The synoptic problem and “Q” (Luke 8)

The bulk of the material recorded in Luke 8 also appears in Matthew and Mak. At times the authors used language that was nearly identical (cf. Matthew 8:27 with Mark 4:41, Luke 8:25). They displayed further similarities in the order in which they arranged their material (cf. Mark 4:1-25 with Luke 8:4-18). Observations of this sort have prompted reflection on the precise relationship that exists among the Synoptic Gospels (the Gospels of Matthew, Mark and Luke). How are the similarities in wording and arrangement to be explained? The “synoptic problem” is the name that has been given to the question of these relationships.

Some explain the parallels in the synoptic accounts with appeals to historical accuracy or inspiration by the Holy Spirit. However, two accounts of the same incident may both be historically accurate without employing identical or nearly identical wording. Furthermore, as the Synoptic Gospels were inspired by the Holy Spirit, so was the Gospel of John, yet John’s word choice and ordering of material are quite different from that of the synoptic authors. Inspiration need not require or even imply precise agreement in wording or similar arrangement of material.

The stories of Jesus’ life and ministry circulated widely in the first century, forming a body of oral tradition. Undoubtedly the evangelists all drew upon this common body of tradition in writing their Gospels. Although the role of common oral tradition should not be underestimated, it is possible that the Synoptic Gospels share some sort of literary relationship and that the later Gospel writers could have used one or more of the earlier writings as a source for their works. Several hypothesis attempts to explain the precise literary relationship of the Synoptic Gospels, although no single proposal solves all of the difficulties.

One widely held solution to the Synoptic Problem is the Two-Source Hypothesis. These two sources are identified Mark and “Q” (an unknown source).

  • This theory claims that Mark was the first Gospel written (an idea referred to as “Markan priority) and that Matthew and Luke both independently used Mark as a source, often polishing its literary style and making editorial changes. Matthew and Luke also added material that is absent from Mark’s Gospel.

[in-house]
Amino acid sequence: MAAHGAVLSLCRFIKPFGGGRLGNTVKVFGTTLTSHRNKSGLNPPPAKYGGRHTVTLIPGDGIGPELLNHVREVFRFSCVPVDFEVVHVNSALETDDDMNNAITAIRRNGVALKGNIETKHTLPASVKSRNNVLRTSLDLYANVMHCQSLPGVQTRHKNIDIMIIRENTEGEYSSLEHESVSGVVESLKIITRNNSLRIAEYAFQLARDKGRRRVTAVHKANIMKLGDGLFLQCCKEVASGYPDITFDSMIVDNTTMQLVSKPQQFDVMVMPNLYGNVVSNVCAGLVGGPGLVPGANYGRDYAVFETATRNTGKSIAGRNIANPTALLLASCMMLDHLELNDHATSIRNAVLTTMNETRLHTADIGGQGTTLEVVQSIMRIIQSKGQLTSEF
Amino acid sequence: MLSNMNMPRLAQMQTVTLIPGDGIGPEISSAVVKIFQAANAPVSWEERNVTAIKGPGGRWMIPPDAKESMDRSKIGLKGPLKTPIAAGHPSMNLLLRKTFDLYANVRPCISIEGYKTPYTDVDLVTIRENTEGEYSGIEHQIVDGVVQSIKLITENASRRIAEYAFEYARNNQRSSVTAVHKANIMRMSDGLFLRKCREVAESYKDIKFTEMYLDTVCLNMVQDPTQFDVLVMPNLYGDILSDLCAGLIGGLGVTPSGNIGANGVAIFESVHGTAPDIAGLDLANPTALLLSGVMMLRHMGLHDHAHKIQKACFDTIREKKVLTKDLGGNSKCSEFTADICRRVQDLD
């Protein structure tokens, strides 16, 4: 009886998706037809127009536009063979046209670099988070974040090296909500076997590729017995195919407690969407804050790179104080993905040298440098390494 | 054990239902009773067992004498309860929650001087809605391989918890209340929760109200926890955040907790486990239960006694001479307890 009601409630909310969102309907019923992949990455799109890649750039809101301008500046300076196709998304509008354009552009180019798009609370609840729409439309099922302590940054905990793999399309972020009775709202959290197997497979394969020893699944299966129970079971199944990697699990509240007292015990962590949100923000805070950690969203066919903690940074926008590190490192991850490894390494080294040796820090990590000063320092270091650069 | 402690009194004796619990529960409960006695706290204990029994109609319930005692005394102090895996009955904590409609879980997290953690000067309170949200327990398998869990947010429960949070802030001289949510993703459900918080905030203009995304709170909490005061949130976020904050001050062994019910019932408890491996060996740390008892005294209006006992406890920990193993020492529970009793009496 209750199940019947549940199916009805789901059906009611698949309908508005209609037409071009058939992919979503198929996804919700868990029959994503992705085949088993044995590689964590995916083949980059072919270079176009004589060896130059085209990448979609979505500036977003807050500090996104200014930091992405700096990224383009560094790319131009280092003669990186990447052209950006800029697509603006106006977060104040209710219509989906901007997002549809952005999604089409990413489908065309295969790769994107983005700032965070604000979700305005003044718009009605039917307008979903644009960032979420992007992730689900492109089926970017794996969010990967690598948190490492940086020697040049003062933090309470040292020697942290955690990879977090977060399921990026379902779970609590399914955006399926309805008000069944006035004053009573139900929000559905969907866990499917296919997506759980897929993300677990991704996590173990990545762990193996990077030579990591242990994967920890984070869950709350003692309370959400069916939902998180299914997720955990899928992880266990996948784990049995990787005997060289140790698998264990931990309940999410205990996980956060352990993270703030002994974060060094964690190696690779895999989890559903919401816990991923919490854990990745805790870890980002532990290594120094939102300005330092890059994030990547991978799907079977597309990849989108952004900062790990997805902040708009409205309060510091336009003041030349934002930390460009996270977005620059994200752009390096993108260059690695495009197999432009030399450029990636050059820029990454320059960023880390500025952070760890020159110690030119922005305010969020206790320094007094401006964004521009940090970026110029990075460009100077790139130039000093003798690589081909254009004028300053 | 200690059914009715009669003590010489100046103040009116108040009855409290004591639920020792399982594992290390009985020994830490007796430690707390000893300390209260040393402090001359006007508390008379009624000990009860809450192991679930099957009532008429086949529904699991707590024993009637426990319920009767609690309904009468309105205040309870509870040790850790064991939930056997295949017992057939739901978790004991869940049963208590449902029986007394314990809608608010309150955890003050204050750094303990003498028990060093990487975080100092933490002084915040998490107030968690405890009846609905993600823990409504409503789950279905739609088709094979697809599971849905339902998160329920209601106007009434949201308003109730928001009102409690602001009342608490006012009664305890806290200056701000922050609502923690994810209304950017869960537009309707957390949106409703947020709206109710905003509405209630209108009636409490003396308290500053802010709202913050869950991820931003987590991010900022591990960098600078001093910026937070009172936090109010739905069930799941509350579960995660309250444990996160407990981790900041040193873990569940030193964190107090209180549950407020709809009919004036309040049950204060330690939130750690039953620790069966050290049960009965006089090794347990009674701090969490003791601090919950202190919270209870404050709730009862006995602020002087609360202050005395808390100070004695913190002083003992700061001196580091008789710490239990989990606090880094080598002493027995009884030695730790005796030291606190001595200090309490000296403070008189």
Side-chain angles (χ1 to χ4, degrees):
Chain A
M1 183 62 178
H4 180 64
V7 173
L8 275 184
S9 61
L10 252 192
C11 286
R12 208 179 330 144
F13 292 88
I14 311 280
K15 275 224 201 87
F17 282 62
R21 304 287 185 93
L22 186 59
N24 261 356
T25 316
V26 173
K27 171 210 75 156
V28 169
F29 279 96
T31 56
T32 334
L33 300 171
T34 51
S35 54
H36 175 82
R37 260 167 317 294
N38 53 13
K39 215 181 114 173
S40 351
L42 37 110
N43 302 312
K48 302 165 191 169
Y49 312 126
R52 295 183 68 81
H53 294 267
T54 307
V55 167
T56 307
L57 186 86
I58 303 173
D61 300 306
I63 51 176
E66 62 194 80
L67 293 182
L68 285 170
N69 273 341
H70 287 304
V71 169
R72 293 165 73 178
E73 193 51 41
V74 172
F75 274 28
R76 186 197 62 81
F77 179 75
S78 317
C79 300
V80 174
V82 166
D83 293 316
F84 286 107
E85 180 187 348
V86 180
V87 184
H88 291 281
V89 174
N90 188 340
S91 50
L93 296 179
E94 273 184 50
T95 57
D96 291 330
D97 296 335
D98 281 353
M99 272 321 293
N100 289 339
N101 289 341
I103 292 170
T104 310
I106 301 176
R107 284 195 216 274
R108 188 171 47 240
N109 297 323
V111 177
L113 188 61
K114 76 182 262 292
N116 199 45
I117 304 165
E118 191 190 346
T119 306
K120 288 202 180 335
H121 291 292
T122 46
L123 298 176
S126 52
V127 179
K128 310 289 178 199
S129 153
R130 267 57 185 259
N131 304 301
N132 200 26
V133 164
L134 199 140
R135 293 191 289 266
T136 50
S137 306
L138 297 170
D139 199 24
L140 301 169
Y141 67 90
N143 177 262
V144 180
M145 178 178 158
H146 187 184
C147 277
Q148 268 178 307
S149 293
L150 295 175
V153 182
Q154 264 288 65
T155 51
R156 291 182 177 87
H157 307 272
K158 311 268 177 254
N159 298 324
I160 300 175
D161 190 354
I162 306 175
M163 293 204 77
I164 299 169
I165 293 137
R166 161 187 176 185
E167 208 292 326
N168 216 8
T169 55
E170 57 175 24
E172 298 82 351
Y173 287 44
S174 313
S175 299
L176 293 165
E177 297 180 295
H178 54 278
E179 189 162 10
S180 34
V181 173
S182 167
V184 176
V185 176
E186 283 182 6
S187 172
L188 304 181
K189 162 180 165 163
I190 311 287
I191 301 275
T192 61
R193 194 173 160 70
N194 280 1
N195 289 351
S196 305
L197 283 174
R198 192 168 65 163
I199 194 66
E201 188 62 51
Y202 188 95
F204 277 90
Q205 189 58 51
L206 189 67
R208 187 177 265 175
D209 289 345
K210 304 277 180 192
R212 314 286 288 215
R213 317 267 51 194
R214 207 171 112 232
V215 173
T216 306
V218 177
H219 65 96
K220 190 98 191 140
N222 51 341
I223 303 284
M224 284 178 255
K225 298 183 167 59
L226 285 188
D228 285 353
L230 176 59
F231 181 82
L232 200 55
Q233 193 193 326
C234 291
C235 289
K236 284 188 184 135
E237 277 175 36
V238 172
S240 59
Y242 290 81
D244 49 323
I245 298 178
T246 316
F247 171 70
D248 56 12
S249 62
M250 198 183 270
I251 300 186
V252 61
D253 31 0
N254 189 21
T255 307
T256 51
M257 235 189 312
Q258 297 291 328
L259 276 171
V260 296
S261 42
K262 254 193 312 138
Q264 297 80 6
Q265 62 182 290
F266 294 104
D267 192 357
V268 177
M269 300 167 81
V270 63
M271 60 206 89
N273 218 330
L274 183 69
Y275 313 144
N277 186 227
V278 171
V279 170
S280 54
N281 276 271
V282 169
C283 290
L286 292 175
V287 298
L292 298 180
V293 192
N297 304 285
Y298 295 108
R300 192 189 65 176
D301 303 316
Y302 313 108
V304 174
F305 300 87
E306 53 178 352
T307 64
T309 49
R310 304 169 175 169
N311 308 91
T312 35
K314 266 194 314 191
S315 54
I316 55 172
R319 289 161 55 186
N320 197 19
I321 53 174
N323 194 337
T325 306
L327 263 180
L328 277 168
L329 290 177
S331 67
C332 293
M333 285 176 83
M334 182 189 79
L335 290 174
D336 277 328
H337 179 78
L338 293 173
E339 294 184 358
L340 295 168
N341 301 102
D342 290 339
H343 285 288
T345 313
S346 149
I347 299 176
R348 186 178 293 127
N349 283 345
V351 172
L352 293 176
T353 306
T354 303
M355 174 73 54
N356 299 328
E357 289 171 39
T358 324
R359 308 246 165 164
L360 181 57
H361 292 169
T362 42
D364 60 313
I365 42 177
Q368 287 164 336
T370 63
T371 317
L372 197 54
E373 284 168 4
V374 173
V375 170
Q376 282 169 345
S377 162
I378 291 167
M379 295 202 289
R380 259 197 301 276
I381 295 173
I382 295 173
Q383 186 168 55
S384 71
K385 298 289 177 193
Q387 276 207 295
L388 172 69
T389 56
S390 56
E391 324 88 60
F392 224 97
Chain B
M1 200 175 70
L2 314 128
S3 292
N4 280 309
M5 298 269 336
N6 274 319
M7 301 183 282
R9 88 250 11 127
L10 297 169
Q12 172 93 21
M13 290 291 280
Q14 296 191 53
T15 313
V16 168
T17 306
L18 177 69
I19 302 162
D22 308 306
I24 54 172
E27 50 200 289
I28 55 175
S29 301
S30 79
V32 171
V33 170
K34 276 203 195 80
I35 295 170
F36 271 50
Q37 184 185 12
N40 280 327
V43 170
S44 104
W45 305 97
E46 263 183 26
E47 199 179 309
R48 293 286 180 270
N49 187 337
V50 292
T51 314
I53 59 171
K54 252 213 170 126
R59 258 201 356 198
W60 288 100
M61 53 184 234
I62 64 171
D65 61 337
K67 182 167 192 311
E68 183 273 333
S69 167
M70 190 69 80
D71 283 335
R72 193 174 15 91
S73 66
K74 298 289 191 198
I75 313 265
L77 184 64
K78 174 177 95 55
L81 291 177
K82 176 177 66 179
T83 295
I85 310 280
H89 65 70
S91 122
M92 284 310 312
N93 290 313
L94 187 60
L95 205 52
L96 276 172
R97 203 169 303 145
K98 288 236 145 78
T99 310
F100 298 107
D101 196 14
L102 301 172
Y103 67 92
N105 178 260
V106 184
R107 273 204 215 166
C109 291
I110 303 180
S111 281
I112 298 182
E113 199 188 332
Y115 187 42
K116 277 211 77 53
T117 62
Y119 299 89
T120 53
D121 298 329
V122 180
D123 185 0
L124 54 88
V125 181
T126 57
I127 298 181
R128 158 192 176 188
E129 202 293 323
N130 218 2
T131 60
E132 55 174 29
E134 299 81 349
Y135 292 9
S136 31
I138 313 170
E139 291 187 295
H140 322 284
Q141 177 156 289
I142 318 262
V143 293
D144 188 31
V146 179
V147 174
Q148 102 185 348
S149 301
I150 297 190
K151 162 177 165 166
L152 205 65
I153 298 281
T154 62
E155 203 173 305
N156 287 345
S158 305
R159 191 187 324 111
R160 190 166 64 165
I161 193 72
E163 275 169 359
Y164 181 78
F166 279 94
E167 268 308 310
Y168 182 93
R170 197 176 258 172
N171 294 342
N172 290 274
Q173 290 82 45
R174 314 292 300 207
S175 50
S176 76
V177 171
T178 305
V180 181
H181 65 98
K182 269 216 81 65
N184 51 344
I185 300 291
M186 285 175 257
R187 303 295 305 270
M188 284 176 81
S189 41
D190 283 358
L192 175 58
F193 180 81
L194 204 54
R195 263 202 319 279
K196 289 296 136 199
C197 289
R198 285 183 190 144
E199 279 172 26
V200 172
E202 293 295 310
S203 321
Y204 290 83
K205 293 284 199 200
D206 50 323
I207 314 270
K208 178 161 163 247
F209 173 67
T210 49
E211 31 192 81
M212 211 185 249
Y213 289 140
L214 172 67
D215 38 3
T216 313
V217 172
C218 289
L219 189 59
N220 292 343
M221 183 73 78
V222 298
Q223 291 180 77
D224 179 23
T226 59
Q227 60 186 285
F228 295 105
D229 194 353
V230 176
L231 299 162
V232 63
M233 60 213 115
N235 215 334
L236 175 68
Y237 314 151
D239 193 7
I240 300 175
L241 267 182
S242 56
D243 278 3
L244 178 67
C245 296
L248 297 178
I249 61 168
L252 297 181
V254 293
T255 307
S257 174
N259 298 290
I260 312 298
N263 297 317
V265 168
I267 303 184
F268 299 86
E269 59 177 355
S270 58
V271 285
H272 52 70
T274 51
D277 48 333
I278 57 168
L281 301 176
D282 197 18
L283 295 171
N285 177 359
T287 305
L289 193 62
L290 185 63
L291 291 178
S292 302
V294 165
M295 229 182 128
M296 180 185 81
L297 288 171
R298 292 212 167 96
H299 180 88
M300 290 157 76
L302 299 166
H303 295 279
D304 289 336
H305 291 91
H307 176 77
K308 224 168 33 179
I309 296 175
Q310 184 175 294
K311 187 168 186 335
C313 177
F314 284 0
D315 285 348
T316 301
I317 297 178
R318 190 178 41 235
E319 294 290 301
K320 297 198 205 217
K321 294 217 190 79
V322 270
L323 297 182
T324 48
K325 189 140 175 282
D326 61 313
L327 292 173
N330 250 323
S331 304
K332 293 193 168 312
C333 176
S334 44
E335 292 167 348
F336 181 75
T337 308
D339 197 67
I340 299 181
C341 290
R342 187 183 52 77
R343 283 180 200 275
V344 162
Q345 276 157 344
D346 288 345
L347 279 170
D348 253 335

• Sometimes Matthew and Luke referred to the same or similar events, suggesting that they were drawing upon a second source. This hypothetical source for Matthew and Luke has been given the name “Q source” (from the German Quelle, meaning “source”). No copies of “Q” exists, but by definition it is a source containing material common to Matthew and Luke but not found in Mark. Therefore, “Q” is said to include such passages as the temptations of Jesus by the devil (Matthew 4:2-11, Luke 4:2-13), the beatitudes (Matthew 5:3-12, Luke 6:20-23) and the Lord’s Prayer (Matthew 6:9-13, Luke 11:2-4).

Still, the very existence og “Q” is purely hypothetical and much debated, and alternative explanations for the history of the writing of the Synoptic Gospels has been proposed. Not all New Testament scholars believe in Markan priority, and some insist that more attention needs to be given to the facts that Matthew was an eyewitness to many of the events he recorded.

Again, there is absolutely no proof for “Q”, and the theory of plainary verbal inspiration would obviously conclude that all the Gospels were inspired by God, and if “Q” existed, it would not be, not being in the Biblical canon.

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